Dimmer outlook for GBP and EUR; Front-end of the USD curve vulnerable to Powell


European currencies weighed by hard Brexit risks, weaker outlook and easing expectations. Bond markets are wary that Fed Chairman Powell's testimony may push back "recession cuts"
Philip Wee, Eugene Leow10 Jul 2019
    Photo credit: AFP Photo


    FX: GBP and EUR are dragging each other lower

    The British pound closed below 1.25 against the USD on July 9, at its lowest level since April 2017. The risk of a disorderly Brexit on October 31 has increased on incoming new leadership in London and Brussels. Boris Johnson has been leading the Tory leadership contest on a pledge to take the UK out of the EU with or without a deal. European Commission President nominee Ursula von der Leyen, a critic of Brexiter, has told German businesses to prepare for a no-deal Brexit. She has affirmed that the Irish border backstop would not be removed from the withdrawal agreement. Brussels wants to know what kind of future relationship the UK wants with the EU before considering any request for any extension of Article 50.


     
    According to a Reuters poll, a hard Brexit would take GBPUSD into a lower 1.17-1.25 range. Another extension to accommodate a second referendum could lift it back to 1.30-1.36. Except that we are still a fortnight away from the UK announcing a new prime minister. To complicate matters, the weak pound is weighing on the euro and vice versa. The EC is likely to downgrade its outlook when it publishes its Summer 2019 Economic Outlook today. The market is comfortable with the European Central Bank’s signal for more stimulus. Meanwhile, the Bank of England has already opened the door to cut rates in a hard Brexit scenario. GBP and EUR will be pressured further if Fed Chairman Jerome Powell signals a wait-and-see approach to assess the US economy’s resilience to global headwinds before deciding on rate cuts.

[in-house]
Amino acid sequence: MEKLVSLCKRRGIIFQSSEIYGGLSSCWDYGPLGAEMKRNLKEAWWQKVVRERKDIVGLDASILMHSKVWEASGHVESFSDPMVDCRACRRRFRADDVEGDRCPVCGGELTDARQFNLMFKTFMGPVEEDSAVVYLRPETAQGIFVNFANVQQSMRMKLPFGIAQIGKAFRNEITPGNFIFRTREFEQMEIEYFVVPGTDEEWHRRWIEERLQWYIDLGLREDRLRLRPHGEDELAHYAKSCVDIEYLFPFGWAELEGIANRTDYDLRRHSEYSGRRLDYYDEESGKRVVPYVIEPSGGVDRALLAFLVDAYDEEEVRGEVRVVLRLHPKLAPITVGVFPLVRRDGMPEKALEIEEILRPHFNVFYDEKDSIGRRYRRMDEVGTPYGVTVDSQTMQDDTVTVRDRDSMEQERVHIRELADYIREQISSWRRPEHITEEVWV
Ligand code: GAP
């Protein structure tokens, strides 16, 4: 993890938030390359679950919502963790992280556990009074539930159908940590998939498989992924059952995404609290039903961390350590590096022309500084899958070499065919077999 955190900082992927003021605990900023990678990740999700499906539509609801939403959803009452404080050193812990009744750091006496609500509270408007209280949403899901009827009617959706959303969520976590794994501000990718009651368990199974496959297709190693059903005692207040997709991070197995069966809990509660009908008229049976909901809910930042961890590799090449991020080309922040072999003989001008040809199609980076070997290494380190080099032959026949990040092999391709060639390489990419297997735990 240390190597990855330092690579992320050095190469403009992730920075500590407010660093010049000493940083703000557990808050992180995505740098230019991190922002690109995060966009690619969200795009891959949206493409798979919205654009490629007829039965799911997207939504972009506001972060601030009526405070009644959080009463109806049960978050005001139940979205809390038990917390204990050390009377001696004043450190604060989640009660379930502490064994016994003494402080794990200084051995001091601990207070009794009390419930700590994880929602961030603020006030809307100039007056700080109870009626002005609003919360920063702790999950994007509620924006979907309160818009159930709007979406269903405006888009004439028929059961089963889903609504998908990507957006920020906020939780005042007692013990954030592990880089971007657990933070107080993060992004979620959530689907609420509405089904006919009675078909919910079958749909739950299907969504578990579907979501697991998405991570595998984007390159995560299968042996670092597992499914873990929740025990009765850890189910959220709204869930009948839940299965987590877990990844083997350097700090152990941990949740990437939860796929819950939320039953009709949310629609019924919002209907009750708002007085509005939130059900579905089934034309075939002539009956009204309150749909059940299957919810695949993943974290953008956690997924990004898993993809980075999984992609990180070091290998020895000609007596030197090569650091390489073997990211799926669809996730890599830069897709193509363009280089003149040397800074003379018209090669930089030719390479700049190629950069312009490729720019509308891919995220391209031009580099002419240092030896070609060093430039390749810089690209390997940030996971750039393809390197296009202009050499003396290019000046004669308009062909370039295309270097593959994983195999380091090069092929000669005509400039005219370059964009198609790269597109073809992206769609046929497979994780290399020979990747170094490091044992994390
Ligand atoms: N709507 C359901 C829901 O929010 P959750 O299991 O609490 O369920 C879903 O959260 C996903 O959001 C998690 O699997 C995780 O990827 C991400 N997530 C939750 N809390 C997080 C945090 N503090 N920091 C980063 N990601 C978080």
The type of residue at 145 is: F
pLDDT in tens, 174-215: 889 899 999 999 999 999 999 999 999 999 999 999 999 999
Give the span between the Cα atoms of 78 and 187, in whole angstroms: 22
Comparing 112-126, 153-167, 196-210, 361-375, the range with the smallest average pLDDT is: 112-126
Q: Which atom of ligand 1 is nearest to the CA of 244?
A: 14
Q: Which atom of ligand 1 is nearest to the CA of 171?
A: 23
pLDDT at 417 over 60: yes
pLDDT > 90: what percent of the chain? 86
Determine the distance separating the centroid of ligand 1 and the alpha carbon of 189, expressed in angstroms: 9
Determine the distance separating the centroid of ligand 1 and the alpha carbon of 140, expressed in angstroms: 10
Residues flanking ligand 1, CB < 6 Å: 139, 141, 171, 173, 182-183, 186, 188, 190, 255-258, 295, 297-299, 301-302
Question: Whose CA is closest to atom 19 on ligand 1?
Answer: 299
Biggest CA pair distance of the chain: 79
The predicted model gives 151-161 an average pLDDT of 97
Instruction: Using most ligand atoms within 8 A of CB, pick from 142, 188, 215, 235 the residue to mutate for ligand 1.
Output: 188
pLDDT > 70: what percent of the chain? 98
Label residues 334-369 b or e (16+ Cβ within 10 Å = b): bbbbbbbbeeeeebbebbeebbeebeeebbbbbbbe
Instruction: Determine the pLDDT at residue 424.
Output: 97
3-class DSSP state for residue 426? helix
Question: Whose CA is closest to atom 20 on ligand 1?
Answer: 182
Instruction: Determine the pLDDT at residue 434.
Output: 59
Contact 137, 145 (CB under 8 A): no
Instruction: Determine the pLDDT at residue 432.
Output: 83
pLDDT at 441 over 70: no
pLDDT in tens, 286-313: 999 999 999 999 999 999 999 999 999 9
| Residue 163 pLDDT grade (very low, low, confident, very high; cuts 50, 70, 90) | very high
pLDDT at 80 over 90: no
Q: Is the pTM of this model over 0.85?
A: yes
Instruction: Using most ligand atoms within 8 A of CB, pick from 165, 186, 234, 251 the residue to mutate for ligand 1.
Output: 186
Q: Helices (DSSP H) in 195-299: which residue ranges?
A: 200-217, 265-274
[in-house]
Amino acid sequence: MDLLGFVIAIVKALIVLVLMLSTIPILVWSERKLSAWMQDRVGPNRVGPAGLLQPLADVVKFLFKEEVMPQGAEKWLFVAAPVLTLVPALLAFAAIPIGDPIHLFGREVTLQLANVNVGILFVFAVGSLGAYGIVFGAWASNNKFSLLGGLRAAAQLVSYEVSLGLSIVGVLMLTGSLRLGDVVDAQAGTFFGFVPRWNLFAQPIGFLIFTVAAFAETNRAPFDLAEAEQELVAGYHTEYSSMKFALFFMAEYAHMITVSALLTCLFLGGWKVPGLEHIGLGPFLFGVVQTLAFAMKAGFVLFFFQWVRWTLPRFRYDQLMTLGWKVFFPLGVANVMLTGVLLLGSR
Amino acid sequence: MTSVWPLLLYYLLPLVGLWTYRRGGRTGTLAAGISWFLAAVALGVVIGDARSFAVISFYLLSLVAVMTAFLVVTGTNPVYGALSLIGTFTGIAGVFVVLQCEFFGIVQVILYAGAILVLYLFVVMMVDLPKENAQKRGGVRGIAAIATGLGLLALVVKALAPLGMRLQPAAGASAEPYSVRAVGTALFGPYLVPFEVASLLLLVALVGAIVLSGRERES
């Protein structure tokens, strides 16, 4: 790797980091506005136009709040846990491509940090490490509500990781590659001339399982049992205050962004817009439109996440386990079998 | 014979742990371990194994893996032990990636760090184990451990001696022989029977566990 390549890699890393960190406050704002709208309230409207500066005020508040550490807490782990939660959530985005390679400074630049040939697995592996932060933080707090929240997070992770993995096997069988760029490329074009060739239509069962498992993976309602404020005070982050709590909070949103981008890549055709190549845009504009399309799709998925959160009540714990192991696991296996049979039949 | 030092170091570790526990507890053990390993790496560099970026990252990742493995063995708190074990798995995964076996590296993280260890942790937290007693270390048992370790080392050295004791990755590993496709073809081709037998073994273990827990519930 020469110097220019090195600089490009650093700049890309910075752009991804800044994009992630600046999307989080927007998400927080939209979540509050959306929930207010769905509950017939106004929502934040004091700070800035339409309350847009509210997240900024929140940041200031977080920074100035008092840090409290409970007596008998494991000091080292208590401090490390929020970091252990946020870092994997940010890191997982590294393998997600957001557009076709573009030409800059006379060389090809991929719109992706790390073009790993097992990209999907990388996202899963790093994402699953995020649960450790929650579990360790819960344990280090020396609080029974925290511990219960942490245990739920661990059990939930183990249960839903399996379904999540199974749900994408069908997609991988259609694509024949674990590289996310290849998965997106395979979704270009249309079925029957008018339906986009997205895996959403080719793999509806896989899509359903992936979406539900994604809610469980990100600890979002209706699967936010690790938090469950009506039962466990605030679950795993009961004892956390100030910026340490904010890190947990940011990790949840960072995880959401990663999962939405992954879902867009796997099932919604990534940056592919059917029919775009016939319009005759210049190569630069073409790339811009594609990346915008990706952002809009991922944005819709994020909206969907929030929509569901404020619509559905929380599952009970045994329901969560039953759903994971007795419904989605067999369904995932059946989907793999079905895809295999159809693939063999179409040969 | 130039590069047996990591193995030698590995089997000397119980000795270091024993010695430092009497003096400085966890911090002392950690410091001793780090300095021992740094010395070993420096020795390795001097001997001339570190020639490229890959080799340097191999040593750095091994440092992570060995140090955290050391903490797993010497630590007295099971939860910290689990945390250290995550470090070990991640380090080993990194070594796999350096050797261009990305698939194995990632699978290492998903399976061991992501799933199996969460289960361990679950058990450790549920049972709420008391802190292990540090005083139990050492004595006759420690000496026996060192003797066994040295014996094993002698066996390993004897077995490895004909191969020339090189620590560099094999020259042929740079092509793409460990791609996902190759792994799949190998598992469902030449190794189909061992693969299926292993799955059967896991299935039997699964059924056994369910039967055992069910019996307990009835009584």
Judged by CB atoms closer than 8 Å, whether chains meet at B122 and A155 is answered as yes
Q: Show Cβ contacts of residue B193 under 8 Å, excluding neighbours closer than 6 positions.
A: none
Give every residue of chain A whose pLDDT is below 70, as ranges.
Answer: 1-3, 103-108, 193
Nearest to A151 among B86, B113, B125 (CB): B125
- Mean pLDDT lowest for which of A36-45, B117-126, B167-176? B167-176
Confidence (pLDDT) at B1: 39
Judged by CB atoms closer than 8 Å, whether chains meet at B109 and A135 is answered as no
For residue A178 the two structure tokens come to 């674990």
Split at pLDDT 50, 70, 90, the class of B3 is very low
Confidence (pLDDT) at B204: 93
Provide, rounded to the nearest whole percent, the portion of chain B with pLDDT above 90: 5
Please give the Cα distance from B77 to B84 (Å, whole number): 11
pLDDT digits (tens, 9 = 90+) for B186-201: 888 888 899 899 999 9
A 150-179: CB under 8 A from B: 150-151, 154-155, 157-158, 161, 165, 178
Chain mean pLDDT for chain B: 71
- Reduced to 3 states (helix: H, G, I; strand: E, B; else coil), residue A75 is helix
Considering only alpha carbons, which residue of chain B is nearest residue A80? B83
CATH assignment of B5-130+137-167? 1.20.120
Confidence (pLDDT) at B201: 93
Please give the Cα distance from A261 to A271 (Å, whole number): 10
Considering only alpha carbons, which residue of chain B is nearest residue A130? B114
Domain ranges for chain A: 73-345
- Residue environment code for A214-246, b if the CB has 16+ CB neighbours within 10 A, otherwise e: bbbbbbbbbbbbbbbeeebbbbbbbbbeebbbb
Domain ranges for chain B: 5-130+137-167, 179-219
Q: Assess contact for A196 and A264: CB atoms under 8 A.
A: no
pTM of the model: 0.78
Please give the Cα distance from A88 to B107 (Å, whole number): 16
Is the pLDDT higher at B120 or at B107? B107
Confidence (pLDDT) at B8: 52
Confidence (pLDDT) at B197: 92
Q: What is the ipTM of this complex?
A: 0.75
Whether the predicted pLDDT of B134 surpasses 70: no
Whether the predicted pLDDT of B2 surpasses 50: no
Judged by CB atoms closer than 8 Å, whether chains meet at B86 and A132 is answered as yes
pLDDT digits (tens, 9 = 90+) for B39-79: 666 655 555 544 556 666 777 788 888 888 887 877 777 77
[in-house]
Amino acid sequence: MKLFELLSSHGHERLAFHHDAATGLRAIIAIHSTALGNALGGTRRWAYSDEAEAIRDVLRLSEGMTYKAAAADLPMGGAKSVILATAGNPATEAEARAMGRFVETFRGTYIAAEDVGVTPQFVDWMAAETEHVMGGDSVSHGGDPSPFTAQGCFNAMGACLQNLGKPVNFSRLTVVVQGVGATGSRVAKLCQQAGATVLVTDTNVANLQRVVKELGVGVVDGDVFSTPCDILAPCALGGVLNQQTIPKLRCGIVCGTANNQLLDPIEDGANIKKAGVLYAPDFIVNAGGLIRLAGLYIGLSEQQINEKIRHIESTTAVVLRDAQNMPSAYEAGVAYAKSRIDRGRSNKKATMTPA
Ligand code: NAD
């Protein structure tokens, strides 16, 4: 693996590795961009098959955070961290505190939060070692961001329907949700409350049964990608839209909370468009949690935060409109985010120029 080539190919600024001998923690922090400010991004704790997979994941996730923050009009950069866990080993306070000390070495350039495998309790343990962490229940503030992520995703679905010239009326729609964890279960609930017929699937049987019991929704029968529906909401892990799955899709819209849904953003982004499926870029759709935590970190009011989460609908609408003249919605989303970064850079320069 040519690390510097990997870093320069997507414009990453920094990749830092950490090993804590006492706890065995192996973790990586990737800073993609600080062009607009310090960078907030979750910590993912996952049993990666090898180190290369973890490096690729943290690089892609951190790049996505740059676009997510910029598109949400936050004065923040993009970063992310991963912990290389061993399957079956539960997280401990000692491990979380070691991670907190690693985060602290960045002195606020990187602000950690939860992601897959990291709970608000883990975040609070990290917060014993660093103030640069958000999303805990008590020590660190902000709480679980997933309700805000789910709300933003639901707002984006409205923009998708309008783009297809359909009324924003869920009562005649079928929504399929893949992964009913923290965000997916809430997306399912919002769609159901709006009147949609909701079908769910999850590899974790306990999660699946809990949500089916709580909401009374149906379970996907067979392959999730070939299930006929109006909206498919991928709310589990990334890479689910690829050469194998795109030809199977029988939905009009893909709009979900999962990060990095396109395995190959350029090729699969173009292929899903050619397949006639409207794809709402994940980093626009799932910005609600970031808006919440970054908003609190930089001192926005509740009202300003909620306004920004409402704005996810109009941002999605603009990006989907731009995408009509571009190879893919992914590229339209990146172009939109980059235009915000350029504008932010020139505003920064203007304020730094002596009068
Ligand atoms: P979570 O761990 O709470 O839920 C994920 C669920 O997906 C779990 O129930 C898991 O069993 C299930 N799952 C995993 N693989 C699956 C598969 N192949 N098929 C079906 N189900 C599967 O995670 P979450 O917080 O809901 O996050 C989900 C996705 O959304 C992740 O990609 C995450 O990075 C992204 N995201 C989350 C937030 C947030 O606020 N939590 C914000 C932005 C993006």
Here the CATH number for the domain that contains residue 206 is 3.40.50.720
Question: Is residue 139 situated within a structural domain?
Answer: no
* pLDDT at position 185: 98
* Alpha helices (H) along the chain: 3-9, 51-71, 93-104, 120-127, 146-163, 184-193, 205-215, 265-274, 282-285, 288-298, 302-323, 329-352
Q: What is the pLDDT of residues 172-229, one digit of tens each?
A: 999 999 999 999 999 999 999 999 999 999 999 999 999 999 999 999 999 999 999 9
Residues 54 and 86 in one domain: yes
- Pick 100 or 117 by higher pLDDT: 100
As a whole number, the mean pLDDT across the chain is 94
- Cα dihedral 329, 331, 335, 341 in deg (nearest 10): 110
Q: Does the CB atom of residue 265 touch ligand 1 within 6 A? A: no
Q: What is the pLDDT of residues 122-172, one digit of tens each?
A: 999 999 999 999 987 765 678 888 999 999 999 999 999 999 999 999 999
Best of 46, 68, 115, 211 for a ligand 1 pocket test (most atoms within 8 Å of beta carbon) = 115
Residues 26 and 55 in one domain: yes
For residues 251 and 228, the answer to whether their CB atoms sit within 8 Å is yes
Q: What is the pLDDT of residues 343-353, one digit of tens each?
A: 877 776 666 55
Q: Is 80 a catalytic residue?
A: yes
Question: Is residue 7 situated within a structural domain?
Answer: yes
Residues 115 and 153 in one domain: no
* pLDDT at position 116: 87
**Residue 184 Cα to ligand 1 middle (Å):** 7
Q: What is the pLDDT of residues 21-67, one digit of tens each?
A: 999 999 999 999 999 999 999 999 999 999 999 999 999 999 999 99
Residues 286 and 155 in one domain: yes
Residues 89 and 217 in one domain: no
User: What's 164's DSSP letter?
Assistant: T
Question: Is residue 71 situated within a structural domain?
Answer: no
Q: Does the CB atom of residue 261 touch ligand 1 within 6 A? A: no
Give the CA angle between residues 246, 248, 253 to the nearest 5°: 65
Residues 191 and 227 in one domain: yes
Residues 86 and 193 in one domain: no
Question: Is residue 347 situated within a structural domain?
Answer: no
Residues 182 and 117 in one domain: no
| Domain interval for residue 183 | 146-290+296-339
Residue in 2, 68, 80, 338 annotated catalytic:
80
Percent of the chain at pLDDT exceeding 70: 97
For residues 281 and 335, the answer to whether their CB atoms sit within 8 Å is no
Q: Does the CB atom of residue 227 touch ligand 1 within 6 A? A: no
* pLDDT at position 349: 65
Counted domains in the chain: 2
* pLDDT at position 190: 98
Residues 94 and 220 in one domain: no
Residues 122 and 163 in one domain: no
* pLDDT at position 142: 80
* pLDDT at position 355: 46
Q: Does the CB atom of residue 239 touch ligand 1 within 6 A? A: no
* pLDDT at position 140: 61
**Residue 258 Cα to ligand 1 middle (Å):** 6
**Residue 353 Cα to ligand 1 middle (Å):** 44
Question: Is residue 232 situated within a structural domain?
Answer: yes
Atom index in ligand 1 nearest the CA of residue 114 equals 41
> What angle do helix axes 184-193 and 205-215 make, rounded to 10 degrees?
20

Rates: Frontend of USD curve still vulnerable                               
     
    Ahead of Powell’s testimony to Congress, we take stock of how USD rates have adjusted since the blockbuster payrolls from last Friday. Market participants still view a July cut as the most likely scenario but have removed the possibility of a 50bps move. However, without further weakness on the macro front, “insurance cuts” should not amount to more than 2-3 over the coming few months. It may not make sense to reflect that much easing (the market still sees 3-4 cuts over the coming year) over an extended period. Accordingly, the curve has bear flattened, with the 3Y yield up by up around 17bps compared to the period before the payroll data release. Upward pressure on the longer tenors are more muted, with 10Y yields up by 12bps over the same period.

    We still think that the front of the curve (1Y-5Y) may be the most vulnerable to any hint of hawkishness (stressing patience on policy making) from Powell. If the market decides to remove “recession cuts” from its base case, there would be negative implications across all assets. Notably, the rally in government bonds and the stock market was built on the premise that the Fed will deliver significant easing, thereby justifying the lofty valuation across these markets. Bad data is good news for asset prices. Conversely, as the market rethinks Fed policy (on the back of firm payrolls), bond and equity prices have started to wobble.

     

    Philip Wee

    FX Strategist - G3 & Asia
    philipwee@dbs.com


     

    Eugene Leow

    Rates Strategist - G3 & Asia
    eugeneleow@dbs.com

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